Diversifying the face of the outdoors when it comes to conservation was the thrust of a keynote speech delivered last week by Rebecca Humphries, the National Wild Turkey Federation’s chief executive officer, to the annual conference of the Association of Great Lakes Outdoor Writers.
Humphries told the assembled outdoors media and hunting and fishing industry partners gathered in Gaylord, Michigan: “For us to be more sustainable, we have to be more diverse.”
Humphries is a longtime conservation leader who capped her 32 years of service with Michigan’s Department of Natural Resources by serving as its director for seven years.
Before joining NWTF, she was Ducks Unlimited’s director of operations in the Great Lakes/Atlantic Region.
Humphries highlighted some of America’s most iconic conservationists: Teddy Roosevelt, John Muir, Aldo Leopold and Gifford Pinchot.
Overlooked, though, in the greater conservation story are other icons, women such as Sarah Platt-Decker, Leila Pinchot, Mira Lloyd Dodd, Lydia Phillips and others who energized movements to protect animal and bird species from overharvest and to restore America’s natural resources and forests.
“Man, the maker, had left it to woman, the money saver, to preserve the resources — and placed women squarely in the conservation movement,” Humphries said before outlining the dawn of “The General Federation of Women’s Clubs,” founded in 1890 with chapters in every state.
“They selected women knowledgeable on forestry issues in each state to lead forestry committees. These committees led efforts to reduce paper waste, pick up trash and beautify communities by planting trees and shrubs. These groups had enormous impacts on both state and national conservation efforts,” Humphries said.
In the late 1800s and early 1900s, women were at the vanguard across state and federal efforts to protect watersheds, establish forest reserves and even ban the practice of using ornamental bird feathers on fancy hats of the era.
“The first Audubon Societies were started in 1886 and grew to 30,000 members in six months,” Humphries said, noting that women made up more than half the membership by 1915.
As new institutions, grounded in scientific endeavor, moved to the fore of natural resources management, women’s roles in the greater conservation story were mostly silenced. Science was, after all, a male-dominated field.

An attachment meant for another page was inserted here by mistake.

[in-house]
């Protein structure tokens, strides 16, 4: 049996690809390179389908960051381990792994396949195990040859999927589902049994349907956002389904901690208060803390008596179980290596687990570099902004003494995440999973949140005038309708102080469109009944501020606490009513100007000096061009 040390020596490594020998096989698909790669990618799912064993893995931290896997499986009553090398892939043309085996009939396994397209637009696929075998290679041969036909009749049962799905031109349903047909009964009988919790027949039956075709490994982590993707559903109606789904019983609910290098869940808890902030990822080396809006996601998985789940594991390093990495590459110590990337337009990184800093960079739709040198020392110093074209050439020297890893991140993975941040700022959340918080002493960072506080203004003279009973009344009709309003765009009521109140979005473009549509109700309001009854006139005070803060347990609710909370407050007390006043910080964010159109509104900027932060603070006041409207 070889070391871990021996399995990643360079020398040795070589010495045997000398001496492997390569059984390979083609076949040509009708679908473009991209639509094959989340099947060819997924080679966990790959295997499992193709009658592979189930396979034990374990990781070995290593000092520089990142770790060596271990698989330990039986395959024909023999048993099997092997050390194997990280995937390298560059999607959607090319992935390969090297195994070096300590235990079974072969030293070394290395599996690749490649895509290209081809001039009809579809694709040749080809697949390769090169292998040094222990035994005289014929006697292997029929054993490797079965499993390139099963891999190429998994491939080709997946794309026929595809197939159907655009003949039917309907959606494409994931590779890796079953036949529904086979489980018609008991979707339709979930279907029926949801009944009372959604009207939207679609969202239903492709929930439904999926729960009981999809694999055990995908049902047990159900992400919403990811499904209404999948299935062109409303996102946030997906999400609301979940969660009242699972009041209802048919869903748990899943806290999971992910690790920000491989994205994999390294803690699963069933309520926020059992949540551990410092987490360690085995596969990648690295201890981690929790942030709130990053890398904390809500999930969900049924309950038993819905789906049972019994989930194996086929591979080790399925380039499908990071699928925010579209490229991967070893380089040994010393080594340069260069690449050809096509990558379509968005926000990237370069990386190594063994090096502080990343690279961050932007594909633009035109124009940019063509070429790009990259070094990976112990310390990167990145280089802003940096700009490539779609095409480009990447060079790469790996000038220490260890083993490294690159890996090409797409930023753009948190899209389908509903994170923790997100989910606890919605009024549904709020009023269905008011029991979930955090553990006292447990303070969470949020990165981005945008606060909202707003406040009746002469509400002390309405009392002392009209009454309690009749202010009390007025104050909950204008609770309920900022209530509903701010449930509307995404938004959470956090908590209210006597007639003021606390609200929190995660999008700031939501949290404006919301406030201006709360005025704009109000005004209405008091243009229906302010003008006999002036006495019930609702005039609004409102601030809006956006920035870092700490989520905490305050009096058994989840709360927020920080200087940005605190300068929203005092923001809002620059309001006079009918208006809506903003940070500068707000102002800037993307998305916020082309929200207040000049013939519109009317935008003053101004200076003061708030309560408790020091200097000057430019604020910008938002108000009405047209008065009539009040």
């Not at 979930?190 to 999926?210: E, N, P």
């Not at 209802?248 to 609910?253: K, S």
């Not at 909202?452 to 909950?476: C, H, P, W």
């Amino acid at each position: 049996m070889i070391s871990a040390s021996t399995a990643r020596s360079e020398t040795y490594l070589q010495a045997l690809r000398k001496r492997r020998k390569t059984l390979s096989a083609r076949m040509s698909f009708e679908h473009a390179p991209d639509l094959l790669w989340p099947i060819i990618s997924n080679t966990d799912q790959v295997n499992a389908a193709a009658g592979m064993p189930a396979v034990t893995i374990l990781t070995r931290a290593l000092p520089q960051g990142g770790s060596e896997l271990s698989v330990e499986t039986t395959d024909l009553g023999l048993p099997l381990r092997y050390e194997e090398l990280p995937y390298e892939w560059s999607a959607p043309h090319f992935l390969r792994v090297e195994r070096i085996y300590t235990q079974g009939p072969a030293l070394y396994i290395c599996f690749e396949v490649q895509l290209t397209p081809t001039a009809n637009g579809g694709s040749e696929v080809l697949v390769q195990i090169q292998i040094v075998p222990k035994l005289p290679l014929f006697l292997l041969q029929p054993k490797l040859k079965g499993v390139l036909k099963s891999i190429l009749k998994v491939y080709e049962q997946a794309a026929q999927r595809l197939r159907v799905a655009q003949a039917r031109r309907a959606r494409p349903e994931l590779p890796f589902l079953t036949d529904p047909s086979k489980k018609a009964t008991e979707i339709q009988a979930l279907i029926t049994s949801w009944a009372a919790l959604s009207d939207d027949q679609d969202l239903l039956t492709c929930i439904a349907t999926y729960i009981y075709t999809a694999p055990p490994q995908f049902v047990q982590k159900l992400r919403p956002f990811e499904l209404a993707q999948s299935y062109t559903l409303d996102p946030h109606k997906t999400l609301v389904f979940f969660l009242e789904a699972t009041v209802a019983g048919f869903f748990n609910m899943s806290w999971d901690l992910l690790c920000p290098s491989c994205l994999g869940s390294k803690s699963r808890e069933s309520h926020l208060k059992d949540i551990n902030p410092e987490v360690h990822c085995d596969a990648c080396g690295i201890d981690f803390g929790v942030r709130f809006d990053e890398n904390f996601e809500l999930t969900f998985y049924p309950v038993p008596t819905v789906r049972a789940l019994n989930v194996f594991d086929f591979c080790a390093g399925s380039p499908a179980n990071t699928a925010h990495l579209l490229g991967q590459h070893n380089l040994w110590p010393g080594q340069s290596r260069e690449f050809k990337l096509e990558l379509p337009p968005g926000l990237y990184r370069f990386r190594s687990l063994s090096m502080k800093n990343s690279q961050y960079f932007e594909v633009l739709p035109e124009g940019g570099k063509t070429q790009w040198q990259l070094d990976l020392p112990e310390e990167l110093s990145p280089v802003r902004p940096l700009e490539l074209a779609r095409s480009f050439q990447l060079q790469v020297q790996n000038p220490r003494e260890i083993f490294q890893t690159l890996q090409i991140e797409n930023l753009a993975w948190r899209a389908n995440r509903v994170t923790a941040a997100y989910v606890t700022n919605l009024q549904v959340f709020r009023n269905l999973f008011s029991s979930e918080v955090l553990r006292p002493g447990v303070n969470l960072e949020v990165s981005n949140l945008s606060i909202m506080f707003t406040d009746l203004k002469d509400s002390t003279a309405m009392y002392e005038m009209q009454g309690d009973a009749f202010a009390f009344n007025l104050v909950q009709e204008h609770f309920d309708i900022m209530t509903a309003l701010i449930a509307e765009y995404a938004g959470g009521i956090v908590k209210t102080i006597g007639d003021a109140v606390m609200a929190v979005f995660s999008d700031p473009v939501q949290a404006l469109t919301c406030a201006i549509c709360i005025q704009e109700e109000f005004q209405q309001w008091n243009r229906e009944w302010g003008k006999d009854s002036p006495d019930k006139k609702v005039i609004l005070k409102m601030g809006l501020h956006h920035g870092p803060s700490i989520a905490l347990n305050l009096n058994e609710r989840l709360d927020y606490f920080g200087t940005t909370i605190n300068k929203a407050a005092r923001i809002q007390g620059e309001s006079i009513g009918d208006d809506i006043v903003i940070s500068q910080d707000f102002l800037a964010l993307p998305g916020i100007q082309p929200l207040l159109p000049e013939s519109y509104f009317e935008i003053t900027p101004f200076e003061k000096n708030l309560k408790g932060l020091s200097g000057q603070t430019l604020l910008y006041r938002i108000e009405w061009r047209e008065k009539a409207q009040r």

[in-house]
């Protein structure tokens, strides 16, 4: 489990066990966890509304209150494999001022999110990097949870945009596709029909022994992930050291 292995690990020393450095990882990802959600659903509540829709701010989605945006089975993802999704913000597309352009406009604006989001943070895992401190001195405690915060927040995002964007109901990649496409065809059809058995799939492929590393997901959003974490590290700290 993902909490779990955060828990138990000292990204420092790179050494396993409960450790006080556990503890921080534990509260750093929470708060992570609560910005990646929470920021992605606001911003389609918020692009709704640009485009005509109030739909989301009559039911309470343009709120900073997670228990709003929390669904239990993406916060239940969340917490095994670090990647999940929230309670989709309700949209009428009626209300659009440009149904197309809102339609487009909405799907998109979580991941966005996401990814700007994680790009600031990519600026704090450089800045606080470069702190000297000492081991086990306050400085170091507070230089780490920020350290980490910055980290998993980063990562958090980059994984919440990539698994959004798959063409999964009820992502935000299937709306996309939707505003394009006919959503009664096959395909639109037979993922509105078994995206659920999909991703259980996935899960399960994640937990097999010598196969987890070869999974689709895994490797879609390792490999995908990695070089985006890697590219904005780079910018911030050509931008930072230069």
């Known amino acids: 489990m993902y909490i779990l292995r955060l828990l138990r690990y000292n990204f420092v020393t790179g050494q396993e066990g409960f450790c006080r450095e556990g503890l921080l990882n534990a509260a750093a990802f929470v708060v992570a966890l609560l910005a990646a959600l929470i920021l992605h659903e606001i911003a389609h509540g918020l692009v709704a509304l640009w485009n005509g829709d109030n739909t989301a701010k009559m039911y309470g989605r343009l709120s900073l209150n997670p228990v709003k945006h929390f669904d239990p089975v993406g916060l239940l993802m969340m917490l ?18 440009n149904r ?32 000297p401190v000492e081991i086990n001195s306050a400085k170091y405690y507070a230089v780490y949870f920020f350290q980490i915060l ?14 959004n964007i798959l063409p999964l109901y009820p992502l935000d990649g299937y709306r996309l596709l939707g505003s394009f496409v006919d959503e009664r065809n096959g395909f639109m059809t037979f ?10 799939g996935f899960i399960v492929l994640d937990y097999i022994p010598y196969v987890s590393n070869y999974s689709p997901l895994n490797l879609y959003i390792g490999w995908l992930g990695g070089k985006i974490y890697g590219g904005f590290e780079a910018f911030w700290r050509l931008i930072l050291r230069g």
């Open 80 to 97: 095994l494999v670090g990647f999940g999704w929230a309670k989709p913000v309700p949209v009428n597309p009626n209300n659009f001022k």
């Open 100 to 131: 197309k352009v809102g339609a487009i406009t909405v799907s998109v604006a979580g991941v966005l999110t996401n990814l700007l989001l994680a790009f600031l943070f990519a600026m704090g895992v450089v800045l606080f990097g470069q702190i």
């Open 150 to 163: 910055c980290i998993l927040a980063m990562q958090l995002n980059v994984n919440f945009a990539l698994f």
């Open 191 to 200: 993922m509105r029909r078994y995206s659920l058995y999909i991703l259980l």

“At the 1913 Conservation Congress, only one woman spoke, and she was from the Red Cross. Many of the early woman leaders were not invited to forums on conservation, and conservation grew into a male occupation and advocation,” Humphries said.
Humphries graduated with a bachelor’s of science degree in wildlife from Michigan State University. There were only four women in her class of 400. Surveys of university programs show women now comprise more than 50% of the graduates in fields such as fisheries, wildlife, zoology and forestry.
“Even when I was a kid, I was told to consider a different profession,” Humphries said. “Luckily I had people in my life to encourage me to pursue natural resource conservation.”
A week prior to her AGLOW address, she met with CEOs of several new conservation organizations, including Outdoor Afro, Hunters of Color, the Minority Outdoor Alliance and the Hispanic Access Foundation.
“During our time together, we had an opportunity to discuss their efforts to forge new entry points into the lifestyles of hunting, fishing and outdoor recreation for nonwhite Americans,” Humphries said. “The landscape is changing and so are the people. If we are going to ensure that these resources endowed to all of us as Americans are conserved and managed, the face of the people who conserve and revere them needs to be more representative of what America looks like.
“We have to be inclusive of people of all races and backgrounds.”
Humphries explained that her generation talked about recreational or sport hunting specifically to differentiate it from market hunting. Today, though, hunting for sport or recreation is not well supported among the public, she noted. Hunting for healthy, sustainable food, however, is well accepted.
“In fact, our American public now supports regulated hunting for food at a much higher rate than just 20 years ago,” Humphries said.
Females continue to be the largest growth segment in both the hunting and angling worlds. Humphries applauds the evolution of the outdoor recreation industry away from the “shrink it and pink it” women’s products of the recent past. She notes that several companies now make technical clothing and gear for women and are increasing their marketing to nonwhite hunters.
“While we have talked for well over a decade on the need to bring in a younger, more diverse population of hunters, many companies and organizations still cater almost exclusively to the older white male,” Humphries said.
Nonwhite hunters account for only 4% of the hunting population, but their numbers are growing, she said, adding, “Learning about their heritage in conservation is extremely important to them.”